Has the Hourglass Figure Run Out of Time?

Ladies, are we going from zaftig to zeppelin? According to a recent study published in the Journal of the American Medical Association, the waist size of the average American woman grew almost two inches — from just over 36 to nearly 38 — from 1999 to 2012. Making the trend especially curious, the study authors noted, is the fact that abdominal obesity — which jumped from 46.4 percent of the population in 1999 to 54.2 percent in 2012 — keeps getting …

People Located Near Bike Lanes and Walking Paths Exercise More (A Lot More)

Post by Shyidah Sala’huddin, AARP: Not exercising isn’t completely your fault. A study conducted in the United Kingdom by the University of Cambridge MRC Epidemiology Unit (and published in July by the American Journal of Public Health) finds that people who live near bike lanes and walking paths are likely to exercise at least 40 minutes more a week than people who don’t have easy access to such traffic-free routes. In fact, for every 0.6 miles a person resides near …

Could You Give Up Sugar for 10 Days?

Television host Katie Couric, whose new documentary, “Fed Up,” blames sugar for the country’s spiraling obesity problem, is challenging people to take a 10-day break from the sweet stuff. In an interview on ABC’s “Good Morning America,” Couric urged people to try and give up foods with added sugar, including artificial sweeteners, “which have the same impact on your brain as added sugar.” That means foods with naturally occurring sugar, including fresh fruit and plain yogurt, are fine, but options …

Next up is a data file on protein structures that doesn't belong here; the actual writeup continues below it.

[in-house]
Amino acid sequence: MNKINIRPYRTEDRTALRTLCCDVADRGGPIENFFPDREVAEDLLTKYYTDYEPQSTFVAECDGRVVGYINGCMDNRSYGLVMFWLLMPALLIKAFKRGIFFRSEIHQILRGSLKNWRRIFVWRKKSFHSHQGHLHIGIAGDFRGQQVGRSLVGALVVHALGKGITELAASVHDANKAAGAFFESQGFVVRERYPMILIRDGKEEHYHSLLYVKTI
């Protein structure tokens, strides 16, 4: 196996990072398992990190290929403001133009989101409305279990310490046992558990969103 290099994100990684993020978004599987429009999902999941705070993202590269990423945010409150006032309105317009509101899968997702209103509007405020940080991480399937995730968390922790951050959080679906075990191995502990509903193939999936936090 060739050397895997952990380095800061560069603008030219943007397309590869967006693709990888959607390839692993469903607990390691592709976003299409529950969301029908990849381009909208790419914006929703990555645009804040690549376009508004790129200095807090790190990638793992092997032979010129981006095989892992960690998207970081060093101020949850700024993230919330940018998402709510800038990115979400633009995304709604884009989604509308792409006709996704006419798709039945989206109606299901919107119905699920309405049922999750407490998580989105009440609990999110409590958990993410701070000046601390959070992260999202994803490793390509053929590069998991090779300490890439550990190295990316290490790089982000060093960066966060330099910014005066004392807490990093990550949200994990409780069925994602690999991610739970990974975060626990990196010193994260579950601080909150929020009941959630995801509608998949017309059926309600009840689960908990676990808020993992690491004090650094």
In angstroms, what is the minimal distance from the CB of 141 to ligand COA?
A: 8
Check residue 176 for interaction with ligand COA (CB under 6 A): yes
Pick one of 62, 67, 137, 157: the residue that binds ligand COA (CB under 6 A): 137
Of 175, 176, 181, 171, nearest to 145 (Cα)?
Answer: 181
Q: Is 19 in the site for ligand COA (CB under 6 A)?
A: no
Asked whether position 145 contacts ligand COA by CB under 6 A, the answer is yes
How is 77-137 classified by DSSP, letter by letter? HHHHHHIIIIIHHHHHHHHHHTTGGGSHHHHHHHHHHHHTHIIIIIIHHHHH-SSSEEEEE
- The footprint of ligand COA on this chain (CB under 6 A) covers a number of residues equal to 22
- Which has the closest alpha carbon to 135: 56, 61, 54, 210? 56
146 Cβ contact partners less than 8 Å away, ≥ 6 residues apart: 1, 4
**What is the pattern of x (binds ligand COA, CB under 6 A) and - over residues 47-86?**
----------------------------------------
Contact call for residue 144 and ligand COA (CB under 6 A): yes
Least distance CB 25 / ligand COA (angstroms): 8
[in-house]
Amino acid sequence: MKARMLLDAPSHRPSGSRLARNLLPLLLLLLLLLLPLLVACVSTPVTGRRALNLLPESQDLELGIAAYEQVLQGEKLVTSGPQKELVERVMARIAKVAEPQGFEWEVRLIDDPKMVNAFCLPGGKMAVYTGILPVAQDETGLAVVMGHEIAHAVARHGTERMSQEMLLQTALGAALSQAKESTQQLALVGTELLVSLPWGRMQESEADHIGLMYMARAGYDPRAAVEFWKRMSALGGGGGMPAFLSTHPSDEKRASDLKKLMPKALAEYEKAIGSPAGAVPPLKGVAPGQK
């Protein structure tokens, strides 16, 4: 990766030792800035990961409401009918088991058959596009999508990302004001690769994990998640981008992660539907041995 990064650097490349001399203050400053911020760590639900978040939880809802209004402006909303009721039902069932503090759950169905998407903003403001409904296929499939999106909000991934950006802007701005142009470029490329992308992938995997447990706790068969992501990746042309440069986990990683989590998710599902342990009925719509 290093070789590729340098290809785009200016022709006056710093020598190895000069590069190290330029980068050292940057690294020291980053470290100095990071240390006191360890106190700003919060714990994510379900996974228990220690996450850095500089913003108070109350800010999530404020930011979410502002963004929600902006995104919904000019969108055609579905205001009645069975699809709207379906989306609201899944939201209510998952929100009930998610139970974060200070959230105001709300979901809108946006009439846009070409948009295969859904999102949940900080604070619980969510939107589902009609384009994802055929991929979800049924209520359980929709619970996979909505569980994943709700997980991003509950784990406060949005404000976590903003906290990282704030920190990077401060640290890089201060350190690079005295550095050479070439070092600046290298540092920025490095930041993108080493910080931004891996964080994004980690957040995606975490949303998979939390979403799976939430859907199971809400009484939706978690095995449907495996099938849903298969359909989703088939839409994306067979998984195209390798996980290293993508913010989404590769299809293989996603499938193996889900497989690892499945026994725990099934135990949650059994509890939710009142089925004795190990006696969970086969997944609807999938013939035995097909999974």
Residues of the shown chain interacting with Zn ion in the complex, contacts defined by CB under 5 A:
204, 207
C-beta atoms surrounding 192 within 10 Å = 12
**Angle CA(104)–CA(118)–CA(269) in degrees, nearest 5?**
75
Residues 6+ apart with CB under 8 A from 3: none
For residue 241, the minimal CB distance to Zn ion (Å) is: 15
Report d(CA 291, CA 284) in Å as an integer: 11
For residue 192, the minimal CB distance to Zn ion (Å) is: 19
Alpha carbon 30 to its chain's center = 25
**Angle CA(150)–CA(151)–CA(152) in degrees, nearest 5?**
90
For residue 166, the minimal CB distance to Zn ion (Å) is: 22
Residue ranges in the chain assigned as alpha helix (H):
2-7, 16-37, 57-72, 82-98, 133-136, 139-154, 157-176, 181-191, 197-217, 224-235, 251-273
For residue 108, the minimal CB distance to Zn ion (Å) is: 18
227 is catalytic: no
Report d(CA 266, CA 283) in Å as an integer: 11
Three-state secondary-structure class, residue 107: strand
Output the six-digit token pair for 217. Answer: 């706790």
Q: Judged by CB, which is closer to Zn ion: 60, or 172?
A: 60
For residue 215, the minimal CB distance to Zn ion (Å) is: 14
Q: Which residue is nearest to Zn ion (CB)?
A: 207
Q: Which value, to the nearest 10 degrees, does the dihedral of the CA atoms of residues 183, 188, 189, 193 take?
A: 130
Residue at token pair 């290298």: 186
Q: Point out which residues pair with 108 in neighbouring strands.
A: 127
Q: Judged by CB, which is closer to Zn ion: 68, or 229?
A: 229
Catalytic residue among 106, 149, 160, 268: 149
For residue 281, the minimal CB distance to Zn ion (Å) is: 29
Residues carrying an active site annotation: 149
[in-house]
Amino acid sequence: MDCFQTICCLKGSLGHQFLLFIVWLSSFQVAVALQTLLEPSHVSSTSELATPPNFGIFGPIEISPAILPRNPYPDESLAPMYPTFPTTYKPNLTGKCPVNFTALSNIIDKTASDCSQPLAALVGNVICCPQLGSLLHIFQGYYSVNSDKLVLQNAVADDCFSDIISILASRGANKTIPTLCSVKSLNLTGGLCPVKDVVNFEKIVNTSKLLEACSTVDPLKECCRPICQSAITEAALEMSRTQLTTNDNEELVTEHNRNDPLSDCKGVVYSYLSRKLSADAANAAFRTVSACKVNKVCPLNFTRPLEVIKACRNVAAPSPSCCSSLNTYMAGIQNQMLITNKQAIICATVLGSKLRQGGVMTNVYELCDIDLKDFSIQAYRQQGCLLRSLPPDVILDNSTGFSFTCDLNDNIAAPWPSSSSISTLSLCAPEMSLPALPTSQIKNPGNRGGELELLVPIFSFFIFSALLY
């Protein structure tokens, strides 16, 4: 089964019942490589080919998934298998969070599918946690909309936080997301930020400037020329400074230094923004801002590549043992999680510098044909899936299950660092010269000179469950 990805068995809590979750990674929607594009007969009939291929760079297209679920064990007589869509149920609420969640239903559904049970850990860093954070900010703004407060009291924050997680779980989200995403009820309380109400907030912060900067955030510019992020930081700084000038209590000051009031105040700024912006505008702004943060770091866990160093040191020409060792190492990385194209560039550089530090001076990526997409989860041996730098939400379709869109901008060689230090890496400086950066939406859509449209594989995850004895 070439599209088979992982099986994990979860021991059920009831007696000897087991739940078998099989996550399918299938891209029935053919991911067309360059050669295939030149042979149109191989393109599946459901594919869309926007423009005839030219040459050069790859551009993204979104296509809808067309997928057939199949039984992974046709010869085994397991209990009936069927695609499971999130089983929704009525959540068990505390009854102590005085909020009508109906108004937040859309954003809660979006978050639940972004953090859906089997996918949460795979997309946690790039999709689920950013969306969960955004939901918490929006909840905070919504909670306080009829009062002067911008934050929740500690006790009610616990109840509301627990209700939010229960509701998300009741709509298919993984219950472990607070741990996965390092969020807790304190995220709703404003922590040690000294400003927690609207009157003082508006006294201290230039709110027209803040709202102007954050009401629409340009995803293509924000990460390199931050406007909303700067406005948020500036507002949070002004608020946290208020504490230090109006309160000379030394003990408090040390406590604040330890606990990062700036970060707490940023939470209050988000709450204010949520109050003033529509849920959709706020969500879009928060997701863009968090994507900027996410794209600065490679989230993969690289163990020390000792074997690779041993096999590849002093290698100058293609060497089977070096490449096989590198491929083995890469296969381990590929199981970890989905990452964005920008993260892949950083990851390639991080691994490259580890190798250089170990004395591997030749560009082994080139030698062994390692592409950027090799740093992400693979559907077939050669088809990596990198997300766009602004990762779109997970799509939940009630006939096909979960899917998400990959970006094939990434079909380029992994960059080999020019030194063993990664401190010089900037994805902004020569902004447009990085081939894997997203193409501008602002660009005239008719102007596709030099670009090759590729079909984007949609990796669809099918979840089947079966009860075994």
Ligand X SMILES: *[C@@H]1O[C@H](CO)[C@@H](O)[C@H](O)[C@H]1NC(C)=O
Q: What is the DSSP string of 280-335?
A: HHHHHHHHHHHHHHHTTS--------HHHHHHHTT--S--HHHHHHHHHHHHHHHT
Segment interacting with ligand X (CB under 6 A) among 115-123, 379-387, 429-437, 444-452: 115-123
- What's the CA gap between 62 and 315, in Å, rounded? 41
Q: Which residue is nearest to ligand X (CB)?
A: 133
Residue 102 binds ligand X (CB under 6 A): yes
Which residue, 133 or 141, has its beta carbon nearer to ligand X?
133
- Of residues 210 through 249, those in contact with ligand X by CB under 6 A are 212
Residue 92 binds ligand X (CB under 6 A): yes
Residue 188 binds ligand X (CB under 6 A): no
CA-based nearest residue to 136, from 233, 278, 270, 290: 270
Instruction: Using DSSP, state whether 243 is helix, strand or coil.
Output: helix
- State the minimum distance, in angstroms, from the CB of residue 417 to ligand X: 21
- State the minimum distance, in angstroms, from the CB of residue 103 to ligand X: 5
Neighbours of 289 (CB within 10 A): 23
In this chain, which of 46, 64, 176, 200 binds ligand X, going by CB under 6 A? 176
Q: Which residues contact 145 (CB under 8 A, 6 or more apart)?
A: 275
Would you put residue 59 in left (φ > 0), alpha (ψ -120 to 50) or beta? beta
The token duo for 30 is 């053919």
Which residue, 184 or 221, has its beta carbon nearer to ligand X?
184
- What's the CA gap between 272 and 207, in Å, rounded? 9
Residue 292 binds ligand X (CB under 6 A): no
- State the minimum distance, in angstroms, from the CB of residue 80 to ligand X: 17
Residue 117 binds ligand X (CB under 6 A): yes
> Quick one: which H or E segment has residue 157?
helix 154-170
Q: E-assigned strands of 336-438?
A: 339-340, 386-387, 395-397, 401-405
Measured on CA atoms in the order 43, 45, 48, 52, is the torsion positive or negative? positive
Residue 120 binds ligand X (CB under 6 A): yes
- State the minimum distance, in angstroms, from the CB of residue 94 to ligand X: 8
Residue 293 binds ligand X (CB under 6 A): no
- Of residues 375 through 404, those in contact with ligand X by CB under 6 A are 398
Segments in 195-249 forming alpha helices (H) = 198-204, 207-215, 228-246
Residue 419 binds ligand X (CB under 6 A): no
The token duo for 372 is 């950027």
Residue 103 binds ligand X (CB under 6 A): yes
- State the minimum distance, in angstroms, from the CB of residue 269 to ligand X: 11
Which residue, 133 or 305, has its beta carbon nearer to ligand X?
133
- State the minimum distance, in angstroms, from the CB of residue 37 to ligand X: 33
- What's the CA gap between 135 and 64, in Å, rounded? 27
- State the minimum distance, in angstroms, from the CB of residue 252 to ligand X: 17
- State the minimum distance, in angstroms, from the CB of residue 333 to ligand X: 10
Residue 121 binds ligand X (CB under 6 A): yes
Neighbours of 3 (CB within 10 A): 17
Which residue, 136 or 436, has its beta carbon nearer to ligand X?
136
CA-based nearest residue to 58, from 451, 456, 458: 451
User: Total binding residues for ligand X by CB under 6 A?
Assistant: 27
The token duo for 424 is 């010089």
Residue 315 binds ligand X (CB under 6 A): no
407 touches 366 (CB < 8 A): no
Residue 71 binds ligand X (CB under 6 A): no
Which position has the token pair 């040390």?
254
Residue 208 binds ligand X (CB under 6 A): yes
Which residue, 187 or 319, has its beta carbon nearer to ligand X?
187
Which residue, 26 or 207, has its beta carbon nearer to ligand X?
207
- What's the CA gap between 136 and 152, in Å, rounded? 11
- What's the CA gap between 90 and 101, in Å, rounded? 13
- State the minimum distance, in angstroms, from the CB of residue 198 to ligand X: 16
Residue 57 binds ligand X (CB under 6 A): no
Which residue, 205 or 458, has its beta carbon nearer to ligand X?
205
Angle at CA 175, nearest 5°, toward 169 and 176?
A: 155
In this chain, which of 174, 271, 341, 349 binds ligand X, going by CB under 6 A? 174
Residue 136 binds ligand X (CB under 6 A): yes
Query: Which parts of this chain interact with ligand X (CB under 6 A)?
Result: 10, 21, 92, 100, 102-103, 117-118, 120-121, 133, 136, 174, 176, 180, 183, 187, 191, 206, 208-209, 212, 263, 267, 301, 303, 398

Counting Calories, Not Eating Frequent Meals, Helps Dieters

It’s familiar advice to dieters: Eat five small meals a day, instead of two big ones, and you’ll stave off hunger and lose more weight. Except that it may not work that way. According to a new British study, the total number of calories, not meal frequency, is what counts. Women who ate two big meals a day burned the same amount of calories as women who ate five small meals. In other words, it’s the total amount of calories …

7 Ways to Fight Your Sugar Addiction

For those of us with a sweet tooth – which appears to be most of the country – the newest research carries some bitter news: Americans eat way too much sugar, and it’s killing us. In one of the biggest studies to examine the issue, researchers from the government and two universities found a link between high sugar consumption and fatal heart disease. The study was published February 3 in JAMA Internal Medicine. The culprit, they believe, is all the sugar …

Why the Risk of Dementia May Be Declining

Exercise. Keep learning. Avoid obesity, diabetes and heart disease. Treat depression and cardiovascular risk factors such as high blood pressure and cholesterol. Stay socially active. Retire later. Have an educated mother. That prescription may prevent or postpone dementia, according to an analysis, just published in the New England Journal of Medicine, of five studies from 2005 to 2013. Experts on aging have found that the risk of dementia for individuals seems to have gone down over the last 20 years, and …